The “panning” is calculated based on the octave of the note. Notes lower than C3 are panned 50% to the left, notes higher than G5 are panned 50% to the right. The rest sits somewhere between these two extremes; F4 is smack in the center.

Pitch and panning are pre-calculated once when the SoundBankPlayer is initialized and these values never change. We could calculate these on-the-fly when the note needs to be played, but doing it once up front is just as easy. The "bufferIndex" is filled in when the sound bank is loaded because you can switch sound banks during the life-time of the SoundBankPlayer.

Playing the Sounds

Most of the code in SoundBankPlayer.m is set-up and tear-down code for Audio Sessions, OpenAL, and the structures we've examined above. The bits of interest are the functions that actually play the sounds.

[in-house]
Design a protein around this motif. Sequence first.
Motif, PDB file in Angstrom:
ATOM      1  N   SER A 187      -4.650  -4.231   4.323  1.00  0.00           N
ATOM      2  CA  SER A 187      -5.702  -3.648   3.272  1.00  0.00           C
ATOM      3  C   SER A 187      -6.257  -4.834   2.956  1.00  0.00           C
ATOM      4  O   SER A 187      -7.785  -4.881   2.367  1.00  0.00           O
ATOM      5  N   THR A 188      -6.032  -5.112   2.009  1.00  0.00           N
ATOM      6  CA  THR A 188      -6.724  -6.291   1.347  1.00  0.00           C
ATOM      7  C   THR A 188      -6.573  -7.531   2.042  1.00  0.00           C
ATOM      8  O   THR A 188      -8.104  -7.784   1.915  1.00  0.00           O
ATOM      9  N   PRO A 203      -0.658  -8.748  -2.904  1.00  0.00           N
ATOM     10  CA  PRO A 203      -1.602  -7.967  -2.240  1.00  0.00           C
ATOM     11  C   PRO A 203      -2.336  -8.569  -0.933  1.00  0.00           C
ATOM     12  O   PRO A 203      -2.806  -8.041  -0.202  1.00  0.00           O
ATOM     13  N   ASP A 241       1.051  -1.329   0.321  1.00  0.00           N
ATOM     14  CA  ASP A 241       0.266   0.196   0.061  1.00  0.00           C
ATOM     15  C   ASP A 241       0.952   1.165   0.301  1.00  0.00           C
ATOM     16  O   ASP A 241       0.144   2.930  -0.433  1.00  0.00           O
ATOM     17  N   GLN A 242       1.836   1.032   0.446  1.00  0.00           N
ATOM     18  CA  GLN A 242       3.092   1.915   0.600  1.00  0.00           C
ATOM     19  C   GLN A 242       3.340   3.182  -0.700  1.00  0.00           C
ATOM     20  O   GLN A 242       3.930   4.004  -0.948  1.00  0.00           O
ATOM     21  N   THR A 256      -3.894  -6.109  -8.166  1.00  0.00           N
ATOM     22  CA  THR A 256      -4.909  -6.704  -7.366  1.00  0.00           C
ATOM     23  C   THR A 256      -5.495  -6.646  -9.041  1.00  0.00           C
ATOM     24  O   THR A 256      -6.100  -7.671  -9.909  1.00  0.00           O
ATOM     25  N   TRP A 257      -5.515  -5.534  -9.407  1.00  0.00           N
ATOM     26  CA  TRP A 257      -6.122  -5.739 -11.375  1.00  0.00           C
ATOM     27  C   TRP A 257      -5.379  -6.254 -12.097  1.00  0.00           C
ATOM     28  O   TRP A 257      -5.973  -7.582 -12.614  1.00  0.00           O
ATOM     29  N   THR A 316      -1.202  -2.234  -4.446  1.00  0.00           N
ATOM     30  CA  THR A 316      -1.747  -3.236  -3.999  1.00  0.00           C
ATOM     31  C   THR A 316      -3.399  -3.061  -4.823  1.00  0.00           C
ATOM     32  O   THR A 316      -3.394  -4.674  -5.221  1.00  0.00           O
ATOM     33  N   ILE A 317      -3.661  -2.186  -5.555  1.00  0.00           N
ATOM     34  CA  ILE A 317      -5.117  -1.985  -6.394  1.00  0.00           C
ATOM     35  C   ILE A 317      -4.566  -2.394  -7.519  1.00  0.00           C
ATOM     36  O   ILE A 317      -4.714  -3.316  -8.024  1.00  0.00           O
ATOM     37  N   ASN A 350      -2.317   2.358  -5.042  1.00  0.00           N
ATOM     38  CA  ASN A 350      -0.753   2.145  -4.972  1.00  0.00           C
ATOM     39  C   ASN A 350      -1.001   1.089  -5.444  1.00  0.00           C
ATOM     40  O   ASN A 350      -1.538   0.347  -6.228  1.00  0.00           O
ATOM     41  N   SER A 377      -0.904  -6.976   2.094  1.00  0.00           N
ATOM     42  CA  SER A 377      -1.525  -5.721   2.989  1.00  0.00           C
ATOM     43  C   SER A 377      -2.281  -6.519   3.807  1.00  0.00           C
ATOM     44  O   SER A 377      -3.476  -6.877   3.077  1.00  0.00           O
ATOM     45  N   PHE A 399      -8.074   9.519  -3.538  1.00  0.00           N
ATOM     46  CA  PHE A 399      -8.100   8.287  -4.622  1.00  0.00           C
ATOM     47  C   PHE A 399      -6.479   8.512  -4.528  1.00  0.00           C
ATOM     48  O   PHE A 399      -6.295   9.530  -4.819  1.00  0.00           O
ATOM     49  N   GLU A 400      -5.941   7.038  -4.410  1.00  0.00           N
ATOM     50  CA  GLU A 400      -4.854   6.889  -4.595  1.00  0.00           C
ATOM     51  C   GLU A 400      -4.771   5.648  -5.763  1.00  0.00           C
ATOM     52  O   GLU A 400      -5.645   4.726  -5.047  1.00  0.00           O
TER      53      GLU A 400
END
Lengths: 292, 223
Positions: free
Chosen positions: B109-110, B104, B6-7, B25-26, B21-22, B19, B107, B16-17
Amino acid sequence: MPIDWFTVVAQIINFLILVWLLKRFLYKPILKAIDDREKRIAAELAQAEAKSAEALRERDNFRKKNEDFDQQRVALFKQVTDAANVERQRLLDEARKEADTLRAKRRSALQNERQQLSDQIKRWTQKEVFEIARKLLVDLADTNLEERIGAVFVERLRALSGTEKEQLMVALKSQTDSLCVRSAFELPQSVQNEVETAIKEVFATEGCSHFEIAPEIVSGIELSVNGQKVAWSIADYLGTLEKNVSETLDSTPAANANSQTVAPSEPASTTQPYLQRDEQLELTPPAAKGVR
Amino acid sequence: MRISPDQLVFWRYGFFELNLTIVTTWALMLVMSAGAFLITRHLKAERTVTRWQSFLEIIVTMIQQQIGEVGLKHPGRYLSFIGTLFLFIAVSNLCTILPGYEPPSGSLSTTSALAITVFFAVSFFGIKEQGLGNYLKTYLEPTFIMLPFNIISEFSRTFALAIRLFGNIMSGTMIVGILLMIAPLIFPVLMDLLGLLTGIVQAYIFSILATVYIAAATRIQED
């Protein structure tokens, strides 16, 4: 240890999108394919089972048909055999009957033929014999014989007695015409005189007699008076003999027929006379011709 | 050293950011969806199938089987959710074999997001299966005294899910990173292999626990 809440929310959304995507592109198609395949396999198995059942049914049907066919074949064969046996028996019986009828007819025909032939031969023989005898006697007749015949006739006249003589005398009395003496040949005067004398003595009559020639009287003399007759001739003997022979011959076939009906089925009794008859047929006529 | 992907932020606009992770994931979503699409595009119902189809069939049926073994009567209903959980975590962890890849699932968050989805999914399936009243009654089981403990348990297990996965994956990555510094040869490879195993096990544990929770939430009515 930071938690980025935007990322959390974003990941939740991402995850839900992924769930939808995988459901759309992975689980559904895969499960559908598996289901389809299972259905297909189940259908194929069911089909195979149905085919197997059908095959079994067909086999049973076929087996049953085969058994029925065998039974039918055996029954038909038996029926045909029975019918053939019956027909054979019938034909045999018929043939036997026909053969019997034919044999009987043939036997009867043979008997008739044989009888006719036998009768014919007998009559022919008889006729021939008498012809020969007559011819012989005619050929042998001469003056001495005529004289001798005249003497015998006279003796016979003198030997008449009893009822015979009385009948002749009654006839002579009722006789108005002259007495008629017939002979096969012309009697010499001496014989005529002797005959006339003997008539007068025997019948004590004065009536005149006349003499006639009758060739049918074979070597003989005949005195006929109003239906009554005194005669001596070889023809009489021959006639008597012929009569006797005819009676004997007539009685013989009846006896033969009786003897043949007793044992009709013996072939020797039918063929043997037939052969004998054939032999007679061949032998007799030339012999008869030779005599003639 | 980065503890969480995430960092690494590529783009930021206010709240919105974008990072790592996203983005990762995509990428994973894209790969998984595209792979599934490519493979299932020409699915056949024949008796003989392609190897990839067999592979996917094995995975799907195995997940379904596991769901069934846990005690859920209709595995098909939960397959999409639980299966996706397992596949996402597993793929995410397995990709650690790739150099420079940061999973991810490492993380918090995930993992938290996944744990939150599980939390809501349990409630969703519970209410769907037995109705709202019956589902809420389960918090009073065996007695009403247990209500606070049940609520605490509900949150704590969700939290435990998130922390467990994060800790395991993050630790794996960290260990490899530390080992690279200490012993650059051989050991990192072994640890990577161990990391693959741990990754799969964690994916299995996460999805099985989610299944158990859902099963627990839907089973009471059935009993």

When you call -noteOn:gain:, the code simply queues the note using -queueNote:gain: and then immediately calls -playQueuedNotes in order to play that note (and everything queued up to that point).

Most of the good stuff happens in -queueNote:gain:. First, we look if the note in question actually has a buffer associated with it. It should, except if you did not set up the sound bank's PLIST file properly.

Note *note = notes + midiNoteNumber;
if (note->bufferIndex != -1)

Then we try to find an available source that can be used to play back this new note:

    int sourceIndex = [self findAvailableSource];
    if (sourceIndex != -1)

If we've found a source (and we should, unless OpenAL is acting up), we can set up the source with all the data it needs to start playing:

        Buffer *buffer = _buffers + note->bufferIndex;
        Source *source = _sources + sourceIndex;

        source->time = [NSDate timeIntervalSinceReferenceDate];
        source->noteIndex = midiNoteNumber;
        source->queued = YES;

Note that this: